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Statutory Caveat Emptor Survives…or Does It?

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By:  Matthew P. Fischer

Arizona has codified the concept of caveat emptor (i.e., buyer beware) for three particular circumstances.  Pursuant to A.R.S. § 32-2156, real property sellers are not obligated to disclose:  (1) deaths or felonies that have occurred on the premises; (2) prior occupancy by someone with a non-communicable disease; and (3) nearby sex offender residents.  The constitutionality of § 32-2156 was recently challenged in Lerner v. DMB Realty, et al., 294 P.3d 135 (Ariz. Ct. App. Nov. 27, 2012), specifically with respect to subsection three (click on the case name for the full opinion of the court). 

In Lerner, the buyer unknowingly purchased a home next door to a registered, level-one sex offender.  Upon discovery, the buyer brought claims against the seller for fraud and for negligent misrepresentation, and against the dual-representation real estate broker handling the transaction for breach of fiduciary duty.  The trial court dismissed the case, and the buyer appealed.

The parties appear to have used the standard Arizona Association of Realtors® (AAR) forms for the transaction.  The Residential Seller’s Property Disclosure Statement (SPDS, also commonly referred to in the industry as a “spuds”) provides notice to the buyer that the seller is not obligated to disclose nearby sex offenders (lines 246-248).  The Residential Resale Real Estate Purchase Contract also contains a provision placing the obligation to investigate nearby sex offenders on the buyer (lines 190-192).  The buyer also confirmed in the Purchase Contract that they were not relying on any verbal representations by the seller (the buyer initialed “none” on line 183).  The Real Estate Agency Disclosure and Election (READE), in which the parties agreed to DMB Realty’s role as dual agent, confirms that the broker is not obligated to disclose nearby sex offenders (lines 25-28).  All that said, during the negotiations, the seller asked the buyer why they were selling, and the seller said they wanted to move closer to friends.  But the buyer alleges that the seller’s intention was, in fact, to move away from the sex offender.

On appeal, the buyer argued that A.R.S. § 32-2156 was an unconstitutional abrogation of their right to sue for damages, as provided by Article 18, Section 6 of the Arizona Constitution.  The court disagreed, upheld the constitutionality of the statute, and upheld the dismissal of the buyer’s claim for negligent misrepresentation against the seller.  Because of lines 25-28 in the READE, the court also upheld the dismissal of the buyer’s claim for breach of fiduciary duty against DMB Realty.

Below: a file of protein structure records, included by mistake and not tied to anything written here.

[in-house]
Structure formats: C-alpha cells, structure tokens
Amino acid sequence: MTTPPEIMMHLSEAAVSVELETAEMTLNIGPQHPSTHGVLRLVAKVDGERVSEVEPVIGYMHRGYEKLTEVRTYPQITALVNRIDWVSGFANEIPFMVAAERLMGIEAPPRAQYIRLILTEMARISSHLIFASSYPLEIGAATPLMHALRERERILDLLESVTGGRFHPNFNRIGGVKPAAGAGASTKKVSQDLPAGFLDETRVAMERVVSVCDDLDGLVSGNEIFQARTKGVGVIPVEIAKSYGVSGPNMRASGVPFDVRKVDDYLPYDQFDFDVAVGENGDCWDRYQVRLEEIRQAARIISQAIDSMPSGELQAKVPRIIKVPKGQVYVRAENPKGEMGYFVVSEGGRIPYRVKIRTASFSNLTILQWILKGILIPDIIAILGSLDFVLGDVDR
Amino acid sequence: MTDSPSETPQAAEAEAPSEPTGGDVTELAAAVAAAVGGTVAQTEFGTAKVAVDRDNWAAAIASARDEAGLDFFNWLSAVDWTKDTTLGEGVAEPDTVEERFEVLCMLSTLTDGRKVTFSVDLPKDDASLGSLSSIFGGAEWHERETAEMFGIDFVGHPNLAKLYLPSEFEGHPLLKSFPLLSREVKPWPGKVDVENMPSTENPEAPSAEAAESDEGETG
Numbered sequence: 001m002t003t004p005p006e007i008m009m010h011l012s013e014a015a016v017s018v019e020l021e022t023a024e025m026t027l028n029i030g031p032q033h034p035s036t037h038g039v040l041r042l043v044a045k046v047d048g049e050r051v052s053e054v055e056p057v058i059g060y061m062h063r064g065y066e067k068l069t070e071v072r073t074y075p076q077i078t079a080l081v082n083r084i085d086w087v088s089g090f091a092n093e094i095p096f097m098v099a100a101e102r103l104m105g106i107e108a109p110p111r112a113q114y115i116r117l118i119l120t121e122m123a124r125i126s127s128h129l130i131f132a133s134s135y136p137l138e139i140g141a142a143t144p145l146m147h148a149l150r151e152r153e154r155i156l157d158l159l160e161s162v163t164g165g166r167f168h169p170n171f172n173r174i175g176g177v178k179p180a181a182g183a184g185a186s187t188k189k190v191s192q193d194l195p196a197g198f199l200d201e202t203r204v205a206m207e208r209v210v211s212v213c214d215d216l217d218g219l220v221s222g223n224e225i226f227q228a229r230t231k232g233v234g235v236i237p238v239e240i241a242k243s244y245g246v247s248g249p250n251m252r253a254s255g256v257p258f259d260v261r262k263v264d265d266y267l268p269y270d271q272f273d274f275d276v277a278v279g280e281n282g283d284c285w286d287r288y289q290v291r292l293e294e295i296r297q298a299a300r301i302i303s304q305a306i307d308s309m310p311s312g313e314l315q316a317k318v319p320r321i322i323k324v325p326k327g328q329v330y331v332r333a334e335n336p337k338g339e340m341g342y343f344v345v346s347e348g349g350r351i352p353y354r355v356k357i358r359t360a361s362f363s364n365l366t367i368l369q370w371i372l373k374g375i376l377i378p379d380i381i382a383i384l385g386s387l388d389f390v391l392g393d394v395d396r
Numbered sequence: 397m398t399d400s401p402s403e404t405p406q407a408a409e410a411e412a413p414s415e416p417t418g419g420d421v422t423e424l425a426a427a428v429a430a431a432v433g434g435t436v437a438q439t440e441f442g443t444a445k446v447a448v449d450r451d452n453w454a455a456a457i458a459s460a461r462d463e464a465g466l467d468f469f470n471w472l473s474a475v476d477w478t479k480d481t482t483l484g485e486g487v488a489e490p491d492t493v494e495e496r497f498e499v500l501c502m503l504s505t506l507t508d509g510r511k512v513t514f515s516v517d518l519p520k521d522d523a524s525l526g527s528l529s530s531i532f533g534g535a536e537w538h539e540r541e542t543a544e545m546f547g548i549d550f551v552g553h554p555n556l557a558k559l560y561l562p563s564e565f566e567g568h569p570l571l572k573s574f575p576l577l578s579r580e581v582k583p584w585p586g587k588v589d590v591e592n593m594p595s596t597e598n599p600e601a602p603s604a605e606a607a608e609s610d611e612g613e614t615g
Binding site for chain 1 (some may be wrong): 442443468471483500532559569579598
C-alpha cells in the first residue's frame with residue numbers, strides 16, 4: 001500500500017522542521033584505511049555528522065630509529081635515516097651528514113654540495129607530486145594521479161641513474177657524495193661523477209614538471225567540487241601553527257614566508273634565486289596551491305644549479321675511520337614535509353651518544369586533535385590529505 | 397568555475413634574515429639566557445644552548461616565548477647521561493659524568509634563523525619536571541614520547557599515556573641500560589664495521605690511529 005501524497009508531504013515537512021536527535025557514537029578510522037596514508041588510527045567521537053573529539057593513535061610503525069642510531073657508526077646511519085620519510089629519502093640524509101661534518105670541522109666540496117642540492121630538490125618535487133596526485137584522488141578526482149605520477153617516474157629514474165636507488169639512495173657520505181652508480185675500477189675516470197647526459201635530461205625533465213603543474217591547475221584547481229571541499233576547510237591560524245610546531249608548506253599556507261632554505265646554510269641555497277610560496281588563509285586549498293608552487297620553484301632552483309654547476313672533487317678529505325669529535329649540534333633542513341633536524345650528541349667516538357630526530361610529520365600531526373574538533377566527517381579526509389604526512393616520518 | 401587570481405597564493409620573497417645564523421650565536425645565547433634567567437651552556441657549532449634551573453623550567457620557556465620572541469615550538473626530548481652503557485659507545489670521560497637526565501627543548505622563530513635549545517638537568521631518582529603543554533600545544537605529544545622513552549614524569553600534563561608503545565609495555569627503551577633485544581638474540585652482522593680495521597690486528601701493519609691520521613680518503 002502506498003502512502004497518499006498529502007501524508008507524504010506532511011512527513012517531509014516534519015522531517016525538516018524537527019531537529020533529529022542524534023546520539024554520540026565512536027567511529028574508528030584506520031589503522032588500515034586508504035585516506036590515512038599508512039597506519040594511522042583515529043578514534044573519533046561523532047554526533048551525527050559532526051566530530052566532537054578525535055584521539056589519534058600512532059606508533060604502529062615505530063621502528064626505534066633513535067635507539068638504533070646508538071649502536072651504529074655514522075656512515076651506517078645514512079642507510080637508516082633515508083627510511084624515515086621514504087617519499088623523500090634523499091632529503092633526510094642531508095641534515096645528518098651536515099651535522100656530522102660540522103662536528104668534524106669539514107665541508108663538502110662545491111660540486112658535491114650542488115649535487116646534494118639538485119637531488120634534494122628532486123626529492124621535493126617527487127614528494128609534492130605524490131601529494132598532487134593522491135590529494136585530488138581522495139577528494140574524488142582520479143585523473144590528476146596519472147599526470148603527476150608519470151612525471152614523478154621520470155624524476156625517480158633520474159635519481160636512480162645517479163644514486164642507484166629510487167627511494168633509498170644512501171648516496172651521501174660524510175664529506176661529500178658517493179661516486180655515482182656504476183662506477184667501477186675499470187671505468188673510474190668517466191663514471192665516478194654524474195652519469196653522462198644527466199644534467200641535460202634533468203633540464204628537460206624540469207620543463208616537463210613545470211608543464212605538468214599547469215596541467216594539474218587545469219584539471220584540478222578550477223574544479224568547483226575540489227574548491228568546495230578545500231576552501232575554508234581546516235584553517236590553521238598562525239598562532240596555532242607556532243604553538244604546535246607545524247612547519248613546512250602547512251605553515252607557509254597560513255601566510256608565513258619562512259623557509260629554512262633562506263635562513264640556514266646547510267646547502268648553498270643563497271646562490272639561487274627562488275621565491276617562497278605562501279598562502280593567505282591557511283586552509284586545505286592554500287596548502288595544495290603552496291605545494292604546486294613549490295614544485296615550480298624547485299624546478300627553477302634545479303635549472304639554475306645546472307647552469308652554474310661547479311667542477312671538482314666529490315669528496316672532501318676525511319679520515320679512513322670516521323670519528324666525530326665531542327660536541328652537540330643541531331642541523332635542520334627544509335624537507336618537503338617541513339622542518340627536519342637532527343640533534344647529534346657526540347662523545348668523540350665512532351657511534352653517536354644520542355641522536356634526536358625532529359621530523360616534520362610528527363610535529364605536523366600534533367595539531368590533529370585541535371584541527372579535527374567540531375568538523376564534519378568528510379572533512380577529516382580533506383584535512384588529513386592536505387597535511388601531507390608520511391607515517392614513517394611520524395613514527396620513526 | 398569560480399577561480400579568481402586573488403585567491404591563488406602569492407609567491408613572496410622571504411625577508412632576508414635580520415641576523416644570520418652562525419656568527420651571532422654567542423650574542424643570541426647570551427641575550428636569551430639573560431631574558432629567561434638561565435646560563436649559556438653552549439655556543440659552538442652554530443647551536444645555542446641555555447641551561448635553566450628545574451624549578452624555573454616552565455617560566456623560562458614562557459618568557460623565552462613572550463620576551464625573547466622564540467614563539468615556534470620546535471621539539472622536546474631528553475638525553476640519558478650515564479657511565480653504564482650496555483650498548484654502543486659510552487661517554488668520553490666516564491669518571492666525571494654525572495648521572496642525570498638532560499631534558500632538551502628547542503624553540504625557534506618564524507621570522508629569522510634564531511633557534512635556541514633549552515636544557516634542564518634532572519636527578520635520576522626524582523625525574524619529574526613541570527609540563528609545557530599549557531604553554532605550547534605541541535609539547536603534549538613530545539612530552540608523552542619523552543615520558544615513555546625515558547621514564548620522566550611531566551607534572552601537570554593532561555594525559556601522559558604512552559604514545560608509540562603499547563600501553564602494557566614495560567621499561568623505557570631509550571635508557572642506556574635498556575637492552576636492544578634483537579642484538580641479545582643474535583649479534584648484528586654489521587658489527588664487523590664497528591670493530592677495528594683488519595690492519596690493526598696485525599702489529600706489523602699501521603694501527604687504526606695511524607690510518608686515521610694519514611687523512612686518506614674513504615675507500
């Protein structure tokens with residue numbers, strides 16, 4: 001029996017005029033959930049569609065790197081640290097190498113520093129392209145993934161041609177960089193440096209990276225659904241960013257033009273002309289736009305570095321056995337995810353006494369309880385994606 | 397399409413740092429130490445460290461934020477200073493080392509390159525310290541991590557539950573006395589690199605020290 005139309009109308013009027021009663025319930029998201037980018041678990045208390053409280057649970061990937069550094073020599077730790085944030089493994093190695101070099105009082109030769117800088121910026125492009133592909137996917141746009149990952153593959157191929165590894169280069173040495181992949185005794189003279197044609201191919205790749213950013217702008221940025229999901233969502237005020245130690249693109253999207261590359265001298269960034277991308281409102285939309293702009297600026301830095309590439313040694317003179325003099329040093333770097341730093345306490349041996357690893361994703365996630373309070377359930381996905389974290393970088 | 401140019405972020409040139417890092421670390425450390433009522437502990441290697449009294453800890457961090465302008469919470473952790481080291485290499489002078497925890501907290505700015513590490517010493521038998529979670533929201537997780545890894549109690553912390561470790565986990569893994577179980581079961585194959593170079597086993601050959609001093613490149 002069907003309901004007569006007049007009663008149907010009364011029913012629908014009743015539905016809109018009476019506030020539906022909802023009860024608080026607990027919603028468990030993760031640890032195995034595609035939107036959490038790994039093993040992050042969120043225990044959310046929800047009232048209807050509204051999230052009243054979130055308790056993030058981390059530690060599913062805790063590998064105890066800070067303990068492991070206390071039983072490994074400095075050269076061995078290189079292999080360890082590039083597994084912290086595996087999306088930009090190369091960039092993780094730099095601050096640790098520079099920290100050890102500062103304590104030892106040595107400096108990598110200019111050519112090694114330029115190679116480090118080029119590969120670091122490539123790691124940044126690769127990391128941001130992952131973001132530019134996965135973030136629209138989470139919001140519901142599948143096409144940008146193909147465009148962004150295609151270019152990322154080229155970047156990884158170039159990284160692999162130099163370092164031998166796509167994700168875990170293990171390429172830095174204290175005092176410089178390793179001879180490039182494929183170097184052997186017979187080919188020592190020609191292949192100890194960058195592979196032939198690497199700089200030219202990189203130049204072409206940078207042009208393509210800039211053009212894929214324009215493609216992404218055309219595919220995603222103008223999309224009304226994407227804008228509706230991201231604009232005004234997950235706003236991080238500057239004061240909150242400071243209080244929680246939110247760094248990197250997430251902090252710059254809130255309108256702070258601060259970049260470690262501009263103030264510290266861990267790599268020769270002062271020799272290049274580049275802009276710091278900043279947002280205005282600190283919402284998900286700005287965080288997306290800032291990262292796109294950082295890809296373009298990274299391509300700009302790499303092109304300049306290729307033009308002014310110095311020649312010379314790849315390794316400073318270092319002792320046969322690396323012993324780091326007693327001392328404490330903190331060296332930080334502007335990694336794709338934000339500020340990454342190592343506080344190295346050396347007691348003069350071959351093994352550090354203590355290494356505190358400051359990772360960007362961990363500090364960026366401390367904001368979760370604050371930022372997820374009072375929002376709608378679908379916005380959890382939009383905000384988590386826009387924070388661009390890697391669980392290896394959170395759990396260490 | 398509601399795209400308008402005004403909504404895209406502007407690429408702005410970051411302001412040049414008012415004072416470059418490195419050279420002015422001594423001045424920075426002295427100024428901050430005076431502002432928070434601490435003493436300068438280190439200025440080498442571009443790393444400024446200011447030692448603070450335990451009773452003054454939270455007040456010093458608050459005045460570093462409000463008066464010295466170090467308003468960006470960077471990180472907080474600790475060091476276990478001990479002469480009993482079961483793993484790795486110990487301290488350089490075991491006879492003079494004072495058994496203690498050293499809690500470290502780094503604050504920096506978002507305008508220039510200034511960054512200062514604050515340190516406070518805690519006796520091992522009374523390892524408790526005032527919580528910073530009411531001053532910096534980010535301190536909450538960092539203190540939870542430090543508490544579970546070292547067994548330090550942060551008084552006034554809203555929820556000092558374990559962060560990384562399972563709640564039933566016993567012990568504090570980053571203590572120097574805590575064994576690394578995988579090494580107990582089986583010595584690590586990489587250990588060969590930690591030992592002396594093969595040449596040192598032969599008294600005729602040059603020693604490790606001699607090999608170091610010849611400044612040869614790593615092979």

But the Lerner panel reversed the trial court’s dismissal of the fraud claim, thereby reinstating the buyer’s action against the seller on that count.  Neither A.R.S. § 32-2156, nor all of the various disclosures and agreements, can serve as a shield for fraud.  Per Lerner – saying you’re moving to be closer to friends, when you’re actually fleeing from the next door sex offender, might constitute fraud. 

SPDS, at lines 232-234, asks, “What other material (important) information are you aware of concerning the Property that might affect the buyer’s decision-making process, the value of the Property, or its use?”  In this case, the seller, perhaps wisely, left it blank.  But had the buyer insisted on a fully completed SPDS, query whether there is any answer the seller could have provided, in which the next door sex offender was not disclosed, but that was also not fraudulent.  Thus, in light of the holding in Lerner, does A.R.S. § 32-2156 provide sellers with any real protection, given the practicalities of how residential real estate transactions are documented in Arizona?

Lessons learned from Lerner:

–  Real Estate Brokers who are not using the AAR READE form should consider including a disclaimer referencing A.R.S. § 32-2156 in dual representation agreements.

–  Sellers should consider avoiding verbal representations to potential buyers, and leaving the selling to their broker.

–  Buyers should consider insisting on a fully completed SPDS, and if it’s material, running a sex offender search.